The only hint of concern I had at the back of my mind as I reassured Greg was that Rogers Rock features slab climbing, which is not my strong suit. I have very little experience in slab and I don't feel very secure in the discipline. But the guidebook says that Little Finger is not typical of the slab routes on Rogers Slide, in that it follows a vertical crack which provides great pro and positive holds.
With that information I felt fine about our prospects.
When our weekend visit arrived, it looked like we were going to have perfect conditions. It was rainy towards the end of the week but the forecast was good for both Saturday and Sunday. I proposed that we climb on Sunday so as to have the best chance for dry rock; also we could plan out our logistics on Saturday and prepare. The day before the climb I had Greg try on my spare harness, and I gave him a quick primer on making sure the harness was doubled back. Then I gave him a refresher on belaying with the ATC and told him the few things he'd have to remember on the climb:
1. Feed me enough rope-- do not pull me off of the rock!
2. Never let go of the brake strand.
3. Do not take me off the belay until I say "off belay."
4. DO NOT DROP YOUR ATC!!
After just a little practice I felt like we were good to go.
(Photo: approaching Rogers Rock by boat in the early morning)
We got an early start on Sunday, leaving the Bolton's Landing area by 6:30 a.m. I wanted to get there early to make sure we were the first party on the wall, and to ensure we didn't take up too much of the day.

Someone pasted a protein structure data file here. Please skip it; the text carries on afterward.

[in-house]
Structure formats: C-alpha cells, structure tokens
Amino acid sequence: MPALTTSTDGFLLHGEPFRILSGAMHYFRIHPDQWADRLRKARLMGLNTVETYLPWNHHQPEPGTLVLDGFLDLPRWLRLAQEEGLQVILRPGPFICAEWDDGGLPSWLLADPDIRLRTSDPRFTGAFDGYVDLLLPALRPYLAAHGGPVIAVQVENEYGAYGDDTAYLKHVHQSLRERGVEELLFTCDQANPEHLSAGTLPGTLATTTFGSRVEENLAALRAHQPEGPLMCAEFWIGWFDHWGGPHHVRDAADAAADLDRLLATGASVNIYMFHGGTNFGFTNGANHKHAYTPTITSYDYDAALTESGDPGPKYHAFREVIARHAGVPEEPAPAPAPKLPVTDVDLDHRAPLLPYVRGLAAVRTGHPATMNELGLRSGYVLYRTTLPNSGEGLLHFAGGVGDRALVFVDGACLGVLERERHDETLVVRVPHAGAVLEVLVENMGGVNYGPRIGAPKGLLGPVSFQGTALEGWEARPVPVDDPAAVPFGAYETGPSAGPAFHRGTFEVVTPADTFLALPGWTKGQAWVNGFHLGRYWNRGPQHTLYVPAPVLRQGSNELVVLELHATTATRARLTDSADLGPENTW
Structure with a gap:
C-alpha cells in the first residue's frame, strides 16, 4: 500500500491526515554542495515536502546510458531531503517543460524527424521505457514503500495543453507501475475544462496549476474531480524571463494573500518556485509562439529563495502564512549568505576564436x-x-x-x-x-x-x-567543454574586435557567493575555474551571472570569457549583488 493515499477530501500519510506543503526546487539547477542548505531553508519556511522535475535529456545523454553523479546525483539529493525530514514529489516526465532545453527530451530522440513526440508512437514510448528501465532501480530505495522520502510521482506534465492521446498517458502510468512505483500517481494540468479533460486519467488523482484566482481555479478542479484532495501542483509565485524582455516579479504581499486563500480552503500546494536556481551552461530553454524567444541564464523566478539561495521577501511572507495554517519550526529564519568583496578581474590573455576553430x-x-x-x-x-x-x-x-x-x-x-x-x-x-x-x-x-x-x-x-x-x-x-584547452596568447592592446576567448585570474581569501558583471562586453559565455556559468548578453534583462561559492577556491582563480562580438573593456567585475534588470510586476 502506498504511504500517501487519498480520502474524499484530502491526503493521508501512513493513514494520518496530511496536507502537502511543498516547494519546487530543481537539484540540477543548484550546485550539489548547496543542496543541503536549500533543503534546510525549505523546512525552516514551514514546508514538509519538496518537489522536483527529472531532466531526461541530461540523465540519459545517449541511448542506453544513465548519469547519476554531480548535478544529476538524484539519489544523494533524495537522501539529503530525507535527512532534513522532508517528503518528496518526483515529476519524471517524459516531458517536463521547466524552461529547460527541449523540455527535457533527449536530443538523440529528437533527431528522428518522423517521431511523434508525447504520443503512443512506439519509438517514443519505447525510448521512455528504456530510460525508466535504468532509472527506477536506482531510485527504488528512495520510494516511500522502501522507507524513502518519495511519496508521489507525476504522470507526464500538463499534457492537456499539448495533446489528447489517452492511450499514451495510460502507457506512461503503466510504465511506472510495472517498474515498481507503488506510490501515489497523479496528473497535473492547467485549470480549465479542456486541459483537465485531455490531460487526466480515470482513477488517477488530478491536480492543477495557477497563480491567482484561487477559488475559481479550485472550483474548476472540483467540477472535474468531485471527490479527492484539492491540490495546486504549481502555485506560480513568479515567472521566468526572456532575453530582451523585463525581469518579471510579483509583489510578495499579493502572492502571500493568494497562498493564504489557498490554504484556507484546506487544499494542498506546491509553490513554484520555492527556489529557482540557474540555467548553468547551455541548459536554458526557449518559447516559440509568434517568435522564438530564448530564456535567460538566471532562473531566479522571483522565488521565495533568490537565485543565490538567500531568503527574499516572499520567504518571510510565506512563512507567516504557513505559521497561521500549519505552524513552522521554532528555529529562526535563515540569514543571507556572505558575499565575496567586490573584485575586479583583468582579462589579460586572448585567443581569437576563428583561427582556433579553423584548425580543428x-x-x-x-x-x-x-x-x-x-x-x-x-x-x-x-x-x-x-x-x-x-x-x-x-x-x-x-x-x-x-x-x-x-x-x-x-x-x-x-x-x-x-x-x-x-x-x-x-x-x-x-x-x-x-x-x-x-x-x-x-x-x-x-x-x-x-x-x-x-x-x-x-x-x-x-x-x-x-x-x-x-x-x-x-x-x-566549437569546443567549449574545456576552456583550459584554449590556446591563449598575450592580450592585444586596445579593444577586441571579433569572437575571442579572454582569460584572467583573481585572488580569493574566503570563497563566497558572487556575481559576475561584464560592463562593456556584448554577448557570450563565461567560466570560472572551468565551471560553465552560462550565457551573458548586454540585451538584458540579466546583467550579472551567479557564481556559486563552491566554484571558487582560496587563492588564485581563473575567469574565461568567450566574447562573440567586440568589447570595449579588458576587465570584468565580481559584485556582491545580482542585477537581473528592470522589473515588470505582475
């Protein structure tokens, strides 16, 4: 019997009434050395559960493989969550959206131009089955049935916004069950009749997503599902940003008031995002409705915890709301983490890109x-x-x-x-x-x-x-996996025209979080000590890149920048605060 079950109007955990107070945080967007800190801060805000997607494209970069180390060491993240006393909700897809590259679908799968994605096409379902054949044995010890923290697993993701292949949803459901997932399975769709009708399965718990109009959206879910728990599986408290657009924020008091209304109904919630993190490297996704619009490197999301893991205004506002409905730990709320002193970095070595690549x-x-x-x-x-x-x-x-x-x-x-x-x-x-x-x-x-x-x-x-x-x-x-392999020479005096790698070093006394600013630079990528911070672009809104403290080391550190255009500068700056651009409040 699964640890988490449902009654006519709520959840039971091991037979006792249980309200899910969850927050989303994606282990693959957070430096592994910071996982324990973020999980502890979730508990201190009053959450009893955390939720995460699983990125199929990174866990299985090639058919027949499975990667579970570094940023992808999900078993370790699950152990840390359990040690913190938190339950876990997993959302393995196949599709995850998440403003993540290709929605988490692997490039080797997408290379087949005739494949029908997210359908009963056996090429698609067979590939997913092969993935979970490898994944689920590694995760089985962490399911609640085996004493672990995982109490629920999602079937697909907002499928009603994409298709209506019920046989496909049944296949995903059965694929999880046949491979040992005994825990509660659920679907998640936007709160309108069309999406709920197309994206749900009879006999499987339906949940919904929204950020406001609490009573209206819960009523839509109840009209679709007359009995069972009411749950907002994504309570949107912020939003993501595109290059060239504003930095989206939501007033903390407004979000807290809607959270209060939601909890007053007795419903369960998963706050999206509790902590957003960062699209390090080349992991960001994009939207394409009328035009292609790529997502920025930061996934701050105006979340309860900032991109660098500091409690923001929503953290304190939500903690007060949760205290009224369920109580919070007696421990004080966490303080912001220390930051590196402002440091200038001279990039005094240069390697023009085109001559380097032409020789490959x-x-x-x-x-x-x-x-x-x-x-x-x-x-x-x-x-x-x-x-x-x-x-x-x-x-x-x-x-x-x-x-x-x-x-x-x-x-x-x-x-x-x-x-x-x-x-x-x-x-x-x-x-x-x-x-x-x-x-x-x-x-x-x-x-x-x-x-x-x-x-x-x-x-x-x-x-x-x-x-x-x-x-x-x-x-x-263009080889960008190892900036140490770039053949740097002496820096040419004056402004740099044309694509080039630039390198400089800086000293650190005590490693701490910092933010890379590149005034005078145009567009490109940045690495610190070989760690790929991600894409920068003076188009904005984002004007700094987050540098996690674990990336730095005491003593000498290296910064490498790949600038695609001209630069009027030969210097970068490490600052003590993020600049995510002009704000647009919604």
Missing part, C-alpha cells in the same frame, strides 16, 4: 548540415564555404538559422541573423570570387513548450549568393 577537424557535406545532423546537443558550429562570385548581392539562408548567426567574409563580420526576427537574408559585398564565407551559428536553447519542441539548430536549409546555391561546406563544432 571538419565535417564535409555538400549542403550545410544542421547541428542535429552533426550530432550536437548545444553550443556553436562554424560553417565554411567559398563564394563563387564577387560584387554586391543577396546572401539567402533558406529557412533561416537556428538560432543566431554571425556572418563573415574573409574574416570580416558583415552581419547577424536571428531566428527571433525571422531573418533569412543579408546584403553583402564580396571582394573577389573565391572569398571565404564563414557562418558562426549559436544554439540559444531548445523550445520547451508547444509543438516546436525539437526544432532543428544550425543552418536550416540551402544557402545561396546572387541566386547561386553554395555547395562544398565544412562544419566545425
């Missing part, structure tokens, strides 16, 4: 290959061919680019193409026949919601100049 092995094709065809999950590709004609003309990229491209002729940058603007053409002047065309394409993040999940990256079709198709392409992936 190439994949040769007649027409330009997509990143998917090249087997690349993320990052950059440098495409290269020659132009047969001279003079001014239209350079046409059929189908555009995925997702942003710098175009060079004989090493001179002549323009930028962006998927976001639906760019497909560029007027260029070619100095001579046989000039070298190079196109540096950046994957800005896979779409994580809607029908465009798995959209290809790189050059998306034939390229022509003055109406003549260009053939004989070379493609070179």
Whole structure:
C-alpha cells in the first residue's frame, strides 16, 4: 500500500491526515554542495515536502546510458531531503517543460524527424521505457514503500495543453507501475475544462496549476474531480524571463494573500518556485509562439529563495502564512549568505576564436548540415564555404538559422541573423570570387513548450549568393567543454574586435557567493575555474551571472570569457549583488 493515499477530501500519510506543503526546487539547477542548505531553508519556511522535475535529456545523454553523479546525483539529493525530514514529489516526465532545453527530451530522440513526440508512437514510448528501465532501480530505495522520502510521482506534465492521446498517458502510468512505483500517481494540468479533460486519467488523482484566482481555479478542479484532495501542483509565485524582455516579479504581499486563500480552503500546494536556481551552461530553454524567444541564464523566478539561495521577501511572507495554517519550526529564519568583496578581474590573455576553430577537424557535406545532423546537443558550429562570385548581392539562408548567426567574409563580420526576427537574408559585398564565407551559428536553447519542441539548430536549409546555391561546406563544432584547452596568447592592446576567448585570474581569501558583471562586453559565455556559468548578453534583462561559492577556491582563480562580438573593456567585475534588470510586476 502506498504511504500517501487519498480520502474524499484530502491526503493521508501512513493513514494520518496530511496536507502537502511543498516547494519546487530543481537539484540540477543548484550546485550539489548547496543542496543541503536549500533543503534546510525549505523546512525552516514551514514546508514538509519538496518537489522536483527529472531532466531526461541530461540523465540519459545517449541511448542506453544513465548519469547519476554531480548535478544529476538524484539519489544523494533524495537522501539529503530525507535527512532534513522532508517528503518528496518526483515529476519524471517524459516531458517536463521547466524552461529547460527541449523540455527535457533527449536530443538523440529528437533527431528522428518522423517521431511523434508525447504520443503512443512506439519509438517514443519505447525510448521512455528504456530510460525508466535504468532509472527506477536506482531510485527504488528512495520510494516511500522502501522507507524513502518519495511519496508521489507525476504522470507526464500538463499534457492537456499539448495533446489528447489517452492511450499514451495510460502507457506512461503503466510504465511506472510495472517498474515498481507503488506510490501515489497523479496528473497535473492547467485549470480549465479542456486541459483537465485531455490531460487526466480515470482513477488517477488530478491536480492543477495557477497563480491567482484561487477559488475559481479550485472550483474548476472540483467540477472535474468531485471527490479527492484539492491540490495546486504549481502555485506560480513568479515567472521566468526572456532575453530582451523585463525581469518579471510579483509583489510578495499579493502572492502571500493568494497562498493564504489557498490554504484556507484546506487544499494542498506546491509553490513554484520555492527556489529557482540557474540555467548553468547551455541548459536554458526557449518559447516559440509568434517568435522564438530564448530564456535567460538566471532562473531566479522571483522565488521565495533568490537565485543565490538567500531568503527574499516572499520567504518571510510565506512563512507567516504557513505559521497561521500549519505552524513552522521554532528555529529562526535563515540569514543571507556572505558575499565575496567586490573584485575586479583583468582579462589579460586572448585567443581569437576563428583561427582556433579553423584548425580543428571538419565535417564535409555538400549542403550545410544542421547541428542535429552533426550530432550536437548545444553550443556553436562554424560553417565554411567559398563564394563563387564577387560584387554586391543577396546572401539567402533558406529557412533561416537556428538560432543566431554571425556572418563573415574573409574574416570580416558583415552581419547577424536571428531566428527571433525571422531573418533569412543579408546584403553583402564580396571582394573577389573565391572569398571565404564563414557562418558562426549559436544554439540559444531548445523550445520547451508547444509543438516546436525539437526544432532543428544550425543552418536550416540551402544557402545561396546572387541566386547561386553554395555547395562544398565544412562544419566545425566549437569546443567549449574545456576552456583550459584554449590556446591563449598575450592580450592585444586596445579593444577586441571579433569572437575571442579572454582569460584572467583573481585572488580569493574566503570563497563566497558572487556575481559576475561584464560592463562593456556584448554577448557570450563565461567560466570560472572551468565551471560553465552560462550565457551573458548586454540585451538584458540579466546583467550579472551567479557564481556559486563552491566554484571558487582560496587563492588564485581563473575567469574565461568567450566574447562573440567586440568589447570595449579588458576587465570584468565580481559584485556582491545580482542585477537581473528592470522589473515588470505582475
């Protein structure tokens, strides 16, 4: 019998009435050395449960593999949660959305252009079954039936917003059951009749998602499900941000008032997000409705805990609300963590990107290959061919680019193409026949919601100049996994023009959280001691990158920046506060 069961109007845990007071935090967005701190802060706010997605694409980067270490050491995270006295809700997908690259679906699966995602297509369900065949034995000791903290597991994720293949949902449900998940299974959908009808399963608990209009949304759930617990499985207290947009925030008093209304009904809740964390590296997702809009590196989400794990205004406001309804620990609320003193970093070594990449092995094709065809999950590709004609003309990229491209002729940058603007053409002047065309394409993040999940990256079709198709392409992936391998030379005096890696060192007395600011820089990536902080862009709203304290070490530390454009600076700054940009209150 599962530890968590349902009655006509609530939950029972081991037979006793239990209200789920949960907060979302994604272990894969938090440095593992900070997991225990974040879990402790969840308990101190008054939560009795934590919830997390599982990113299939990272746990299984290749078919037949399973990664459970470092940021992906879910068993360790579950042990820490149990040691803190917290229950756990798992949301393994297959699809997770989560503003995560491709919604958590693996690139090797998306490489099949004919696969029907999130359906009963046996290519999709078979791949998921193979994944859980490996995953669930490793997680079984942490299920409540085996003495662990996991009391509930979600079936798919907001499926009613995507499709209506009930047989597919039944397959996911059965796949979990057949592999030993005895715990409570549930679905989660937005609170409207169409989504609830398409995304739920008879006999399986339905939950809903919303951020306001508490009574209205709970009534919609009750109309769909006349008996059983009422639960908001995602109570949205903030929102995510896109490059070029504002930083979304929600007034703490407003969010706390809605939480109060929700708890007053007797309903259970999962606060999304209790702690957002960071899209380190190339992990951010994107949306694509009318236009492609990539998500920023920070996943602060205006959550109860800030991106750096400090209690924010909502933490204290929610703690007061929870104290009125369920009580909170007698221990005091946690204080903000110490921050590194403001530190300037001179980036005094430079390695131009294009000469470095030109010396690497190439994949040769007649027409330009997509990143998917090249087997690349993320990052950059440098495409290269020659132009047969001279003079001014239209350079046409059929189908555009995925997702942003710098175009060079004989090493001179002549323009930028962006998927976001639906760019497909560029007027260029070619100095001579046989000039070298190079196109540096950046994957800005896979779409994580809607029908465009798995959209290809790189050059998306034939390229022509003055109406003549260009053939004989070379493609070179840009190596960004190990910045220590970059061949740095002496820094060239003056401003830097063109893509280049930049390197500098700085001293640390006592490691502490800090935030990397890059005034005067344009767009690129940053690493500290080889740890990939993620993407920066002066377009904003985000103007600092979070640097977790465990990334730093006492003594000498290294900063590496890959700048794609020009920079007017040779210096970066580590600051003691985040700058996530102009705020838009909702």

There was a slight wrinkle that arose from the fact that I know nothing about boats.
I was assuming Greg and I would just park the motorboat somehow and leave it at the base of Rogers Rock. It turns out that this is impractical. Typically people approach by canoe or rowboat and pull the boat up onto the small bit of land that sits at the base of the cliff. Greg's motorboat is too heavy for that, and apparently-- who knew??-- if there is no place to moor the boat it can't just be left unattended at the base. So Greg's wife Peggy had to get up early to drive us in the boat to the rock. (Sorry, Peggy.)
We left our return plan tentative. Luckily there is pretty good (Verizon) cell phone coverage at Rogers Rock. We decided we'd call Peggy later and tell her whether we were going to rappel (meaning we'd need a pick-up by boat) or top out and walk around to the campground (requiring pick-up by car). Greg and Peggy had both heard from locals that people usually top out and walk off after climbing Rogers Rock. Greg preferred the idea of walking off to rappelling, but I was skeptical that topping out would be practical from Little Finger. This idea about walking off was just one of several things they had heard from neighbors about climbing on Rogers Rock, and I didn't have to climb on the rock to know some of the other things they'd heard were false. For instance, they had also been told that the whole route is protected by fixed pitons, a notion I knew to be ridiculous.